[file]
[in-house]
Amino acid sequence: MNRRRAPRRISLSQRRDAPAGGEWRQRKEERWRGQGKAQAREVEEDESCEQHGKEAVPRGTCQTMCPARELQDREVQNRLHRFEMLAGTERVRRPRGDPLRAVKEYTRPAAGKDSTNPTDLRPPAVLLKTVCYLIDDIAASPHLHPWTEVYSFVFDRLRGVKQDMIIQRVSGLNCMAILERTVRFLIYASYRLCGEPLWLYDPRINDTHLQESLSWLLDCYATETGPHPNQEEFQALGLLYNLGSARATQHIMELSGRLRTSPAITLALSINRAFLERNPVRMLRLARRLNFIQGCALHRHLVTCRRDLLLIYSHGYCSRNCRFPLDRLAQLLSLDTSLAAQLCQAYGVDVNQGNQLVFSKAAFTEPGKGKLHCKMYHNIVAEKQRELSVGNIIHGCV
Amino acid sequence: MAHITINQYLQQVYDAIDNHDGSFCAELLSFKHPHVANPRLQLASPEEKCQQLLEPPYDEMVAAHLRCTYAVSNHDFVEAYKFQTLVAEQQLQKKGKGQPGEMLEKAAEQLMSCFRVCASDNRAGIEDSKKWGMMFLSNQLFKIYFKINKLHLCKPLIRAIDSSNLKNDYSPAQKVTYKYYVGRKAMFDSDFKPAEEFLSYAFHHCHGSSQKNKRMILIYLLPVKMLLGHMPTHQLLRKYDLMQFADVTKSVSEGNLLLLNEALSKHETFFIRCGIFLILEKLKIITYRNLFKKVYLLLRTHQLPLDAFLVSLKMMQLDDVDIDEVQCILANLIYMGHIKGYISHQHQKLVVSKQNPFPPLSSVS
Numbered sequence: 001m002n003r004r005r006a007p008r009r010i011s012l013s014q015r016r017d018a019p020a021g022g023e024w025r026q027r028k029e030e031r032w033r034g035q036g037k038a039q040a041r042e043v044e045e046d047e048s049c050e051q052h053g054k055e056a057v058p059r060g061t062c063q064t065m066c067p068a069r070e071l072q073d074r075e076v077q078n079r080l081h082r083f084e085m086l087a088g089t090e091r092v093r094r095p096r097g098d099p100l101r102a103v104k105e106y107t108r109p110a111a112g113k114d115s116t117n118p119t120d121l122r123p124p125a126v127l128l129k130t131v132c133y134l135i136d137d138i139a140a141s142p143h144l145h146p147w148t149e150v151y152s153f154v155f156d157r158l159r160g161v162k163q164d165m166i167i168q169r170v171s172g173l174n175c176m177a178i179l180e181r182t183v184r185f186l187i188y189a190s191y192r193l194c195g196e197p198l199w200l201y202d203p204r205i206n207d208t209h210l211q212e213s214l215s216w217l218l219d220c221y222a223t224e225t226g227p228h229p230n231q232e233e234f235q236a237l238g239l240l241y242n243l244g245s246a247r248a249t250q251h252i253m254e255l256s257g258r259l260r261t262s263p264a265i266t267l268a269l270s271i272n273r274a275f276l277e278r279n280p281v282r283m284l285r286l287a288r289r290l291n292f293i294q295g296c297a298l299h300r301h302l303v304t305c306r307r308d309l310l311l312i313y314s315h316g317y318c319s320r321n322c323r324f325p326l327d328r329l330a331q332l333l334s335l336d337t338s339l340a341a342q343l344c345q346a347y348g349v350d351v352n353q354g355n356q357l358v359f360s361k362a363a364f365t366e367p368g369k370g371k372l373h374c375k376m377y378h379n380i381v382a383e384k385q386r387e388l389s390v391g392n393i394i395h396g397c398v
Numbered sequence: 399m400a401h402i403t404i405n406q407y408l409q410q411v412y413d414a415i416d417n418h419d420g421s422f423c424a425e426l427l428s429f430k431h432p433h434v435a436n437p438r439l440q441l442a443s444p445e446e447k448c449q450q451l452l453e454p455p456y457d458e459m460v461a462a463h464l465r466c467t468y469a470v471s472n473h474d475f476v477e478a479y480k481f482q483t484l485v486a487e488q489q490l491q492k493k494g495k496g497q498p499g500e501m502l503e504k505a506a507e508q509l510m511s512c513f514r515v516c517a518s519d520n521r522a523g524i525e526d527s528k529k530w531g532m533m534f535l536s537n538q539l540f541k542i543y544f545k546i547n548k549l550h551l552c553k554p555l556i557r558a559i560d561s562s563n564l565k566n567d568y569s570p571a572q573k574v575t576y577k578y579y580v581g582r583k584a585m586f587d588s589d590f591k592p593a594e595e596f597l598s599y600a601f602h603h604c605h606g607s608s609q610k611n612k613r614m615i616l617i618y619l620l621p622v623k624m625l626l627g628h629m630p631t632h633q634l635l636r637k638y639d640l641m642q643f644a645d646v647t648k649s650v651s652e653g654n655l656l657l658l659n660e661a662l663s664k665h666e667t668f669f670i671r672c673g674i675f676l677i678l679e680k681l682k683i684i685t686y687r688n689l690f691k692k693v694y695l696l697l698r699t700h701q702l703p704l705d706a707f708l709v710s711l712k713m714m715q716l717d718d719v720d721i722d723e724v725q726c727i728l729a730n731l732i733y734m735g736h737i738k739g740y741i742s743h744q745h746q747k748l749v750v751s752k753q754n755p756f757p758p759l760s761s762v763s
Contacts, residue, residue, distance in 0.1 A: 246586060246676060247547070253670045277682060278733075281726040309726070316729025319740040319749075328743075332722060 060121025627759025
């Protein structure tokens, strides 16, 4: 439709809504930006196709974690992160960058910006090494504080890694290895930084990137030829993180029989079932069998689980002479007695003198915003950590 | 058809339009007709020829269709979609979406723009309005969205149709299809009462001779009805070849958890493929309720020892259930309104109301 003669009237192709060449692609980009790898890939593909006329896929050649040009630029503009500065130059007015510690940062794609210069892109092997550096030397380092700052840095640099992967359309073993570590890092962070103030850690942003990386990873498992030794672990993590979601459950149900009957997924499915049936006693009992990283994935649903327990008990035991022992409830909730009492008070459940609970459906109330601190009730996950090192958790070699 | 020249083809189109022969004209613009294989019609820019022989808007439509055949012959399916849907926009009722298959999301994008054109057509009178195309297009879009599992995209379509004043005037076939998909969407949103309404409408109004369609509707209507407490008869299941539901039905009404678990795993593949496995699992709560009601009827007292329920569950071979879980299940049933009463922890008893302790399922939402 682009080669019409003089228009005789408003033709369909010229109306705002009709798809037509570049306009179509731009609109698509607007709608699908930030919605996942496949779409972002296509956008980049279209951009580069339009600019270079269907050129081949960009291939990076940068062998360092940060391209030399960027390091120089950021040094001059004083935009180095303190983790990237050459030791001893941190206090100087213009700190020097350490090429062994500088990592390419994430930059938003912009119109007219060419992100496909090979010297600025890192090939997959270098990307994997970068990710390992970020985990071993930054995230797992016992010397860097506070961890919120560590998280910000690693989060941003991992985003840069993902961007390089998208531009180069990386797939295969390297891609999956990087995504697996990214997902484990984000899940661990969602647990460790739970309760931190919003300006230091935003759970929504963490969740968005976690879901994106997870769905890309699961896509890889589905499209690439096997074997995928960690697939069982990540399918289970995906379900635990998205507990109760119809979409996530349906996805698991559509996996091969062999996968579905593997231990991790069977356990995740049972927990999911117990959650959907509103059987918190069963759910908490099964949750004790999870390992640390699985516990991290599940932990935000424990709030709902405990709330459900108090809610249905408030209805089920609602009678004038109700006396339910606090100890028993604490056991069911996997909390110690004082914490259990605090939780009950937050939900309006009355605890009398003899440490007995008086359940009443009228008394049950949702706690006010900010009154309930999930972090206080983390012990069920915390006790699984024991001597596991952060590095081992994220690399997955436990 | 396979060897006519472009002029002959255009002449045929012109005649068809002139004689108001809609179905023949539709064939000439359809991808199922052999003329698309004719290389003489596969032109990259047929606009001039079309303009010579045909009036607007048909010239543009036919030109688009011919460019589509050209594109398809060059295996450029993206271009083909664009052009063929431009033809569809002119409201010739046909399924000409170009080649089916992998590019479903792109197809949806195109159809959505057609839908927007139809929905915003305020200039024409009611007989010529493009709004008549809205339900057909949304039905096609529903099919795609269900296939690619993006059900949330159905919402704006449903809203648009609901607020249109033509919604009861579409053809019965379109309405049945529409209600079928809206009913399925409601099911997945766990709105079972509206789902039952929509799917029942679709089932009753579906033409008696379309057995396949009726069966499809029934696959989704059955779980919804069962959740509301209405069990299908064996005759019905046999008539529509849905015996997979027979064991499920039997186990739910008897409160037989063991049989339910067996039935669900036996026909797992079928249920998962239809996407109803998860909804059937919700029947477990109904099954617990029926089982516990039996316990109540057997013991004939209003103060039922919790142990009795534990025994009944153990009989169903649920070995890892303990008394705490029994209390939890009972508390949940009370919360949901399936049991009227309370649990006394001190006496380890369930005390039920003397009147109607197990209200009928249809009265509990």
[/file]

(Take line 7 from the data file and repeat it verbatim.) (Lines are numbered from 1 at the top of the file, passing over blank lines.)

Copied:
């Protein structure tokens, strides 16, 4: 439709809504930006196709974690992160960058910006090494504080890694290895930084990137030829993180029989079932069998689980002479007695003198915003950590 | 058809339009007709020829269709979609979406723009309005969205149709299809009462001779009805070849958890493929309720020892259930309104109301 003669009237192709060449692609980009790898890939593909006329896929050649040009630029503009500065130059007015510690940062794609210069892109092997550096030397380092700052840095640099992967359309073993570590890092962070103030850690942003990386990873498992030794672990993590979601459950149900009957997924499915049936006693009992990283994935649903327990008990035991022992409830909730009492008070459940609970459906109330601190009730996950090192958790070699 | 020249083809189109022969004209613009294989019609820019022989808007439509055949012959399916849907926009009722298959999301994008054109057509009178195309297009879009599992995209379509004043005037076939998909969407949103309404409408109004369609509707209507407490008869299941539901039905009404678990795993593949496995699992709560009601009827007292329920569950071979879980299940049933009463922890008893302790399922939402 682009080669019409003089228009005789408003033709369909010229109306705002009709798809037509570049306009179509731009609109698509607007709608699908930030919605996942496949779409972002296509956008980049279209951009580069339009600019270079269907050129081949960009291939990076940068062998360092940060391209030399960027390091120089950021040094001059004083935009180095303190983790990237050459030791001893941190206090100087213009700190020097350490090429062994500088990592390419994430930059938003912009119109007219060419992100496909090979010297600025890192090939997959270098990307994997970068990710390992970020985990071993930054995230797992016992010397860097506070961890919120560590998280910000690693989060941003991992985003840069993902961007390089998208531009180069990386797939295969390297891609999956990087995504697996990214997902484990984000899940661990969602647990460790739970309760931190919003300006230091935003759970929504963490969740968005976690879901994106997870769905890309699961896509890889589905499209690439096997074997995928960690697939069982990540399918289970995906379900635990998205507990109760119809979409996530349906996805698991559509996996091969062999996968579905593997231990991790069977356990995740049972927990999911117990959650959907509103059987918190069963759910908490099964949750004790999870390992640390699985516990991290599940932990935000424990709030709902405990709330459900108090809610249905408030209805089920609602009678004038109700006396339910606090100890028993604490056991069911996997909390110690004082914490259990605090939780009950937050939900309006009355605890009398003899440490007995008086359940009443009228008394049950949702706690006010900010009154309930999930972090206080983390012990069920915390006790699984024991001597596991952060590095081992994220690399997955436990 | 396979060897006519472009002029002959255009002449045929012109005649068809002139004689108001809609179905023949539709064939000439359809991808199922052999003329698309004719290389003489596969032109990259047929606009001039079309303009010579045909009036607007048909010239543009036919030109688009011919460019589509050209594109398809060059295996450029993206271009083909664009052009063929431009033809569809002119409201010739046909399924000409170009080649089916992998590019479903792109197809949806195109159809959505057609839908927007139809929905915003305020200039024409009611007989010529493009709004008549809205339900057909949304039905096609529903099919795609269900296939690619993006059900949330159905919402704006449903809203648009609901607020249109033509919604009861579409053809019965379109309405049945529409209600079928809206009913399925409601099911997945766990709105079972509206789902039952929509799917029942679709089932009753579906033409008696379309057995396949009726069966499809029934696959989704059955779980919804069962959740509301209405069990299908064996005759019905046999008539529509849905015996997979027979064991499920039997186990739910008897409160037989063991049989339910067996039935669900036996026909797992079928249920998962239809996407109803998860909804059937919700029947477990109904099954617990029926089982516990039996316990109540057997013991004939209003103060039922919790142990009795534990025994009944153990009989169903649920070995890892303990008394705490029994209390939890009972508390949940009370919360949901399936049991009227309370649990006394001190006496380890369930005390039920003397009147109607197990209200009928249809009265509990």